My neighbour grabbed the bottle and smashed it into the ground, breaking it into a hundred pieces.

– Bah, nasty thing! – shouted he in disgust, looking at the spilled wine.

He stood for a long while in silence, and then asked for slatko[4] and water.

Servants brought it, he took a spoonful, and went to work.

His wife cried tears of joy seeing her husband’s sudden change for the better.

Another one of my neighbours who passionately read newspapers was sitting by the open window, and he also seemed somewhat transformed, with a strange look on his face.

– Did your newspaper arrive? – I asked him.

– I’d never look at a newspaper again, I’m so disgusted by them! I was just thinking to myself to take up archaeology or Greek grammar!… – he replied, so I passed him by and went into the streets.

The entire town was transformed. One passionate politician had set off to a political rally. He was walking down the street and then all of a sudden, he turned round and ran back, as if he were being chased.

I was surprised at his change, so I asked him what made him go back so abruptly.

– I was heading for a rally, and all of a sudden it came to my mind that it would be better to return home and order a book on agriculture or cottage industry, read it and develop my skills. What is there for me at a rally? – he said, and ran home to study crop farming.

I could not stop wandering to all these strange and sudden occurrences, so I went back home and started browsing through a book on psychology. I wanted to read the part about passions.

I reached the page titled “Passions”. Only the headline could still be seen, and the remainder had paled away, as if nothing had ever been written there!…

– Oh, what is all this, in the name of God?!

Not a single person that was wicked or passionate about anything could be found anywhere about town, even the livestock had become smarter!

Only tomorrow did we read in the newspaper about the act of Parliament on the abolition of all passions.

– A-ha, that’s what it was! – everyone shouted. – We were all wandering what had happened to us, and, there you see, Parliament abolished passions!

This diary is sufficient to show what had happened among the people at the time when Parliament was enacting the law on abolition of passions.

Later it had become known to one and all, so there was no more amazement, and when it came to passions, teachers taught their students like this:

Once upon a time, passions also inhabited human souls, and that was one of the most intricate and most difficult aspects of psychology; but, by an act of Parliament, passions have been abolished, and thus they became absent from psychology, as they are from human souls. Passions were abolished on such-and-such date, such-and-such year.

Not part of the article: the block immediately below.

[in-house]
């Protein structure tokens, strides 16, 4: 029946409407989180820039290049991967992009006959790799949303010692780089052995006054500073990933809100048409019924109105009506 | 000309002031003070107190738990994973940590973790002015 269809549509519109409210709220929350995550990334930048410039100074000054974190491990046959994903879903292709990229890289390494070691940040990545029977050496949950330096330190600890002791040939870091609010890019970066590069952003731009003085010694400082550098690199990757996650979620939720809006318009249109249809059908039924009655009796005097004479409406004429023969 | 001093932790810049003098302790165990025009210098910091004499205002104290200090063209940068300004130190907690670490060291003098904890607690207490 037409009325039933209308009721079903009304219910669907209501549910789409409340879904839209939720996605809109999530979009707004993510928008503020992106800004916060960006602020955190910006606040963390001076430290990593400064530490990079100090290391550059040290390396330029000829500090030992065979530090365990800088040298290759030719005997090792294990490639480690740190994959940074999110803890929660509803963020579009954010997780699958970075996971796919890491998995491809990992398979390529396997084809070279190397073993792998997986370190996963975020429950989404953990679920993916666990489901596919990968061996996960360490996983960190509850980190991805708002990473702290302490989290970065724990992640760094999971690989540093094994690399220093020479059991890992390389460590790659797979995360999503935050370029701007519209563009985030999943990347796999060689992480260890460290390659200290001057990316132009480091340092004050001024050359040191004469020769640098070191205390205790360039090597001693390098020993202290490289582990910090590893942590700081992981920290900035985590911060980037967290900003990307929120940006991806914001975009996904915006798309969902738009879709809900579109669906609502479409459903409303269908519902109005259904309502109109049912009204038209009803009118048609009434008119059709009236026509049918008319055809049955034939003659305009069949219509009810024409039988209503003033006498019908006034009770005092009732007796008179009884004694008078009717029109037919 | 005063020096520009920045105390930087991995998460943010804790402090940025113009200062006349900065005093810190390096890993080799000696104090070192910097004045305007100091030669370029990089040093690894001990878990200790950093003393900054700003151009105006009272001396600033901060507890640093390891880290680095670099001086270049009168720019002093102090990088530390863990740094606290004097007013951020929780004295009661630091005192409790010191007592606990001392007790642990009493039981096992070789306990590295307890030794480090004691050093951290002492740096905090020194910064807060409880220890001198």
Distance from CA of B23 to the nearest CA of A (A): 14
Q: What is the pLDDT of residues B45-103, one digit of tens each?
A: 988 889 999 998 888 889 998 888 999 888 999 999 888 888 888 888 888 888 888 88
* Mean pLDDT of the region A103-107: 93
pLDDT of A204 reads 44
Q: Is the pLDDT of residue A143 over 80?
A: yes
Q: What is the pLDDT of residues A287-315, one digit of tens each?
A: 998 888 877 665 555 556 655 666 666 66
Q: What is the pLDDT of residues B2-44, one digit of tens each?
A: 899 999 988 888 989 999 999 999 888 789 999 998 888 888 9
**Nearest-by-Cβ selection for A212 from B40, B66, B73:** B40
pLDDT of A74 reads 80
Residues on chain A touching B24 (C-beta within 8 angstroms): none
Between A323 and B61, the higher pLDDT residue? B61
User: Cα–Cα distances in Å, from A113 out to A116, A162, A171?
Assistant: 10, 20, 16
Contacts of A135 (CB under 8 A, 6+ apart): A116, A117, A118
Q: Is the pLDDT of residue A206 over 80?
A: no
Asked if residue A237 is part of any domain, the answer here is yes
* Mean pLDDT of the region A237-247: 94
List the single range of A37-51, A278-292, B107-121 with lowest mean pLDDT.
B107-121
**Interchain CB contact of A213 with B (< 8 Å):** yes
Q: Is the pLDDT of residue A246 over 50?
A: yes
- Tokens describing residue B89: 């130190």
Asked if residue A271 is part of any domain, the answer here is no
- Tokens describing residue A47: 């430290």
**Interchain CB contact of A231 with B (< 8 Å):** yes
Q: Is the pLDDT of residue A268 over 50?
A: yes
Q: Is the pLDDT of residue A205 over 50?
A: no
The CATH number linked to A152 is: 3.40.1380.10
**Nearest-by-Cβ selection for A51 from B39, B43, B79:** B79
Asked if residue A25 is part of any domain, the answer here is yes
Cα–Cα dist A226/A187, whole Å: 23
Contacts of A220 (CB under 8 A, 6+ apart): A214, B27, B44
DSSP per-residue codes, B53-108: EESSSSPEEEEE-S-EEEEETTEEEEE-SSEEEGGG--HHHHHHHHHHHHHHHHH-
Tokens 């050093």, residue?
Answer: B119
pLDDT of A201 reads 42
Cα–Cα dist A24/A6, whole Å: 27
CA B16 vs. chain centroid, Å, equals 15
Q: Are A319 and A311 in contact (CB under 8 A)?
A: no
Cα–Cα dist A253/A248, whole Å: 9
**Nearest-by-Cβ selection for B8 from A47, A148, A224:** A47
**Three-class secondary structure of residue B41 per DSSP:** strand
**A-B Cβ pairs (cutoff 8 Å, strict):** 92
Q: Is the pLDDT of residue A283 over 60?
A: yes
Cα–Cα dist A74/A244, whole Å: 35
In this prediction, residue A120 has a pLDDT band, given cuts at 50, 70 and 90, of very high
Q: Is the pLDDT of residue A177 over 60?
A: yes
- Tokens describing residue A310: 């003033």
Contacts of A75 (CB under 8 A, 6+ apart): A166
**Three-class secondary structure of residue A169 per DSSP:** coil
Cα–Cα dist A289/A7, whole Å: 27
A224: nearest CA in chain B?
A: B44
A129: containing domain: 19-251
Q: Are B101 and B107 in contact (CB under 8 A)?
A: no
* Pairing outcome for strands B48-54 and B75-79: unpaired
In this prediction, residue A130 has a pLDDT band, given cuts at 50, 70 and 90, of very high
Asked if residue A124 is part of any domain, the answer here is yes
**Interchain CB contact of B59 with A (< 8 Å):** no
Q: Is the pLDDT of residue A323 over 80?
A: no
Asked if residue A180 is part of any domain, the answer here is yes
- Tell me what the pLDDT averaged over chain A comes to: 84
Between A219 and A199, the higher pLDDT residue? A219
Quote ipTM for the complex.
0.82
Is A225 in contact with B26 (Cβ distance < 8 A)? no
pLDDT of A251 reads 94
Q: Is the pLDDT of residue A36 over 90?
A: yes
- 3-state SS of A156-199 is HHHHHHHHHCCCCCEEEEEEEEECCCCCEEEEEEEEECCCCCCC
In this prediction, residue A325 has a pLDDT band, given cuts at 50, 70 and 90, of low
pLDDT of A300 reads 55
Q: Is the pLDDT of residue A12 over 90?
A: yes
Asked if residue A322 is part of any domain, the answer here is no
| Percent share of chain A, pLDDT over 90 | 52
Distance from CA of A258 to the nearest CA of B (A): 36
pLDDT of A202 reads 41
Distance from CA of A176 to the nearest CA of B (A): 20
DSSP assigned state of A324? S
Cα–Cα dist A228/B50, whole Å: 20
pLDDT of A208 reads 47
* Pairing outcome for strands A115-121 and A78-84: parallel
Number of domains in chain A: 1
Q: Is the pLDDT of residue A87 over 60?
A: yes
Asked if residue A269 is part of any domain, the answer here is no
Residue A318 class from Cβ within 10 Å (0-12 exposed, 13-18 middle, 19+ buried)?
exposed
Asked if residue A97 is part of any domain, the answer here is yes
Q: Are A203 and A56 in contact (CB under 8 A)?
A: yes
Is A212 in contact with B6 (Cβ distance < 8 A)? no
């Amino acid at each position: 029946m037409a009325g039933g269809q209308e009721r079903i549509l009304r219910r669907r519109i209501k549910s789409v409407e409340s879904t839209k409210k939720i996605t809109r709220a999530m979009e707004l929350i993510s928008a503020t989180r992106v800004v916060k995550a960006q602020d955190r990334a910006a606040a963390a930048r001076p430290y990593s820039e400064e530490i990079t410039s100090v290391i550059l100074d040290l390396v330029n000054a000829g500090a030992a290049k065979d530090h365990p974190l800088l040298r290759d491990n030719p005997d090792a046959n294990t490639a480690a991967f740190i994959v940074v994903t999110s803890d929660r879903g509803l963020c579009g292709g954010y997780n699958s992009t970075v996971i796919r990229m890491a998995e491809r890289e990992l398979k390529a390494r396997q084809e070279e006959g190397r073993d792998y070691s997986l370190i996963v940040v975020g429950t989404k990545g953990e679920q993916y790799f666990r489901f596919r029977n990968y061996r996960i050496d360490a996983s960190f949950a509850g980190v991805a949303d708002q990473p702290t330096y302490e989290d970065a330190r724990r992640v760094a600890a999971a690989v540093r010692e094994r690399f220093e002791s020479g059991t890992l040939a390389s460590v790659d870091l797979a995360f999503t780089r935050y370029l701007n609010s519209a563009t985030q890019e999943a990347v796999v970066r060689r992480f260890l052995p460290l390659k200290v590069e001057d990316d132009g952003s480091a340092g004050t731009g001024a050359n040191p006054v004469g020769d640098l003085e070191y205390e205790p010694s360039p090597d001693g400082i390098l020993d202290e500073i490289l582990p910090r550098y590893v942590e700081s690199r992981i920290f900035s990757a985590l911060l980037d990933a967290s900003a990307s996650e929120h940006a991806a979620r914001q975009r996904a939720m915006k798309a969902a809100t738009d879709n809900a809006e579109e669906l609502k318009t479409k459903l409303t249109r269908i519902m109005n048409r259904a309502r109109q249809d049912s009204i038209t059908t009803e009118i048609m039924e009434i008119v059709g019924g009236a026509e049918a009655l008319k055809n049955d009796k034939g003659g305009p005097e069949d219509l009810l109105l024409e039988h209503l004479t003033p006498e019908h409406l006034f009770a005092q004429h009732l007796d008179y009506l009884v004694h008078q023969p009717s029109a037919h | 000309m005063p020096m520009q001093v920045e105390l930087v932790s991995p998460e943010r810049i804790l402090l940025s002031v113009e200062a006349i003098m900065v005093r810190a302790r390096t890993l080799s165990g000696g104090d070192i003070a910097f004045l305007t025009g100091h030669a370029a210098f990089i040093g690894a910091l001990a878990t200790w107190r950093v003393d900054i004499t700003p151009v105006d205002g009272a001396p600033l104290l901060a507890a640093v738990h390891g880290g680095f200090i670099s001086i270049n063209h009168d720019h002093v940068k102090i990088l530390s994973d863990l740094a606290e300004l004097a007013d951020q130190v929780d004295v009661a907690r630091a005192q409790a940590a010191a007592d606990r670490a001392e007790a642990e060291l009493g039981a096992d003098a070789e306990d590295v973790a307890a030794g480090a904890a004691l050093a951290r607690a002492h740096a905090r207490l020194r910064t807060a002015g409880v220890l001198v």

– Thank God we don’t have to learn these! – students whispered, happy with this act of Parliament, because for the next lesson they only needed to learn:

On such-and-such date, such-and-such year, an act of parliament abolished all passions, thus they no longer exist among the people!…

Once a student recites this unerringly, he gets a top mark.

There you go, thus were these folk abruptly saved from passions. They changed for the better, and, some legends say, it was these people that became angels!…


In Belgrade, 1898.
For the “Radoje Domanović” Project translated by Vladimir Živanović, proofread by Adam Levon Brown.


Remark: In the last decades of the XIX century, Serbia was in political turmoil. After the abdication of king Milan Obrenović in 1889 and fall of the Radical Party-led government in 1892, the reactionary Liberal Party came into power again, cancelling the otherwise few steps towards democratisation that were taken by the previous government, which eventually lead to Goračići uprising in 1893. Due to the uprising, sixteen-year-old prince Alexander proclaimed himself to be of age, abolishing the Regency and taking authority into his own hands. This was followed by a new, “neutral” government, whose main purpose was “to appease passions”. Appeasing of passions has become a motto of the reactionary forces, and it was invoked regularly while in the background regime persecuted opposition politicians, shut down opposition-leaning newspapers and disbanded political parties.

At the time when this short story was written, another “neutral” government by Vladan Đorđević was propped up by the regime in 1897 with the same goal of “appeasing passions”, and, due to his open allegiance to the People’s Radical Party, Domanović himself was targeted by the government, firstly by transferring him from one city to another, and eventually discharging him from public service in 1898. After his discharge, Domanović moved with his family to Belgrade, quickly becoming one of the leading voices of the opposition in literary circles.